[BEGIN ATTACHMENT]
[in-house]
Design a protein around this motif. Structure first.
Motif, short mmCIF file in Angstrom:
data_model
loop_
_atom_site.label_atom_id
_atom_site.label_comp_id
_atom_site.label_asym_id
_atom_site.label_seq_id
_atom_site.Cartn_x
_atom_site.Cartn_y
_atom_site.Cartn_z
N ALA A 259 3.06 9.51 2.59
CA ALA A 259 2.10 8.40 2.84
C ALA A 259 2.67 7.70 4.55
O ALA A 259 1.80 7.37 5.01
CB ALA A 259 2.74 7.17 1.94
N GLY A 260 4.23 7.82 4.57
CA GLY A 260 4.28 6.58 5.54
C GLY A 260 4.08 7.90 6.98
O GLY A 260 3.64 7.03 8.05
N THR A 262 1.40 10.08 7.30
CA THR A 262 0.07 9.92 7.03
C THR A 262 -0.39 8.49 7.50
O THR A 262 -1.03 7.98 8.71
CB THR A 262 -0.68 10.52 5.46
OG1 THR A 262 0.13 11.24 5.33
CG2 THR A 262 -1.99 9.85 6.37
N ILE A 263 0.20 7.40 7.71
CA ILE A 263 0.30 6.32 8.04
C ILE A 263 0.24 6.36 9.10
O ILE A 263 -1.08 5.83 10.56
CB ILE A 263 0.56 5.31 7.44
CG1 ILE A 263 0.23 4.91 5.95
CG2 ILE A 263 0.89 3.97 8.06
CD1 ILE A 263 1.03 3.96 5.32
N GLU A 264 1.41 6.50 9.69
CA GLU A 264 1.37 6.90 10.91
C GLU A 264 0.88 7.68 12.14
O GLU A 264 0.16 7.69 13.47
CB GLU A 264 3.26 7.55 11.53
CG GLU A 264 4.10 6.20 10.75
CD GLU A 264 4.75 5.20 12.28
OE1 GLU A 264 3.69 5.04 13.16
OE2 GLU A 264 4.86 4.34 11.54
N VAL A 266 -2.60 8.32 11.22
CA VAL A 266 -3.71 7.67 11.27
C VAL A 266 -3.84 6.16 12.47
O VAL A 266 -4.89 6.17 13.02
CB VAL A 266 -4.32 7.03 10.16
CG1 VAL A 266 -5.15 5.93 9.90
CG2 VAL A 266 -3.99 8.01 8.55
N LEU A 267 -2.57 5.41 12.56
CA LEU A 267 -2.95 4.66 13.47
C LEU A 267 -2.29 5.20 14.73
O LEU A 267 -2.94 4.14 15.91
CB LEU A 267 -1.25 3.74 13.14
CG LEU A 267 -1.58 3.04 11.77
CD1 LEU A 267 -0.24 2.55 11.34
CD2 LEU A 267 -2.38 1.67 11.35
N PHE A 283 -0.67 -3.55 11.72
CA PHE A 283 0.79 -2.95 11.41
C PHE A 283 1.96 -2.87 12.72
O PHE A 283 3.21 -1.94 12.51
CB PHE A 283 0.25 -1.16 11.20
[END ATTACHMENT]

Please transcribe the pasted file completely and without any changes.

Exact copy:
[in-house]
Design a protein around this motif. Structure first.
Motif, short mmCIF file in Angstrom:
data_model
loop_
_atom_site.label_atom_id
_atom_site.label_comp_id
_atom_site.label_asym_id
_atom_site.label_seq_id
_atom_site.Cartn_x
_atom_site.Cartn_y
_atom_site.Cartn_z
N ALA A 259 3.06 9.51 2.59
CA ALA A 259 2.10 8.40 2.84
C ALA A 259 2.67 7.70 4.55
O ALA A 259 1.80 7.37 5.01
CB ALA A 259 2.74 7.17 1.94
N GLY A 260 4.23 7.82 4.57
CA GLY A 260 4.28 6.58 5.54
C GLY A 260 4.08 7.90 6.98
O GLY A 260 3.64 7.03 8.05
N THR A 262 1.40 10.08 7.30
CA THR A 262 0.07 9.92 7.03
C THR A 262 -0.39 8.49 7.50
O THR A 262 -1.03 7.98 8.71
CB THR A 262 -0.68 10.52 5.46
OG1 THR A 262 0.13 11.24 5.33
CG2 THR A 262 -1.99 9.85 6.37
N ILE A 263 0.20 7.40 7.71
CA ILE A 263 0.30 6.32 8.04
C ILE A 263 0.24 6.36 9.10
O ILE A 263 -1.08 5.83 10.56
CB ILE A 263 0.56 5.31 7.44
CG1 ILE A 263 0.23 4.91 5.95
CG2 ILE A 263 0.89 3.97 8.06
CD1 ILE A 263 1.03 3.96 5.32
N GLU A 264 1.41 6.50 9.69
CA GLU A 264 1.37 6.90 10.91
C GLU A 264 0.88 7.68 12.14
O GLU A 264 0.16 7.69 13.47
CB GLU A 264 3.26 7.55 11.53
CG GLU A 264 4.10 6.20 10.75
CD GLU A 264 4.75 5.20 12.28
OE1 GLU A 264 3.69 5.04 13.16
OE2 GLU A 264 4.86 4.34 11.54
N VAL A 266 -2.60 8.32 11.22
CA VAL A 266 -3.71 7.67 11.27
C VAL A 266 -3.84 6.16 12.47
O VAL A 266 -4.89 6.17 13.02
CB VAL A 266 -4.32 7.03 10.16
CG1 VAL A 266 -5.15 5.93 9.90
CG2 VAL A 266 -3.99 8.01 8.55
N LEU A 267 -2.57 5.41 12.56
CA LEU A 267 -2.95 4.66 13.47
C LEU A 267 -2.29 5.20 14.73
O LEU A 267 -2.94 4.14 15.91
CB LEU A 267 -1.25 3.74 13.14
CG LEU A 267 -1.58 3.04 11.77
CD1 LEU A 267 -0.24 2.55 11.34
CD2 LEU A 267 -2.38 1.67 11.35
N PHE A 283 -0.67 -3.55 11.72
CA PHE A 283 0.79 -2.95 11.41
C PHE A 283 1.96 -2.87 12.72
O PHE A 283 3.21 -1.94 12.51
CB PHE A 283 0.25 -1.16 11.20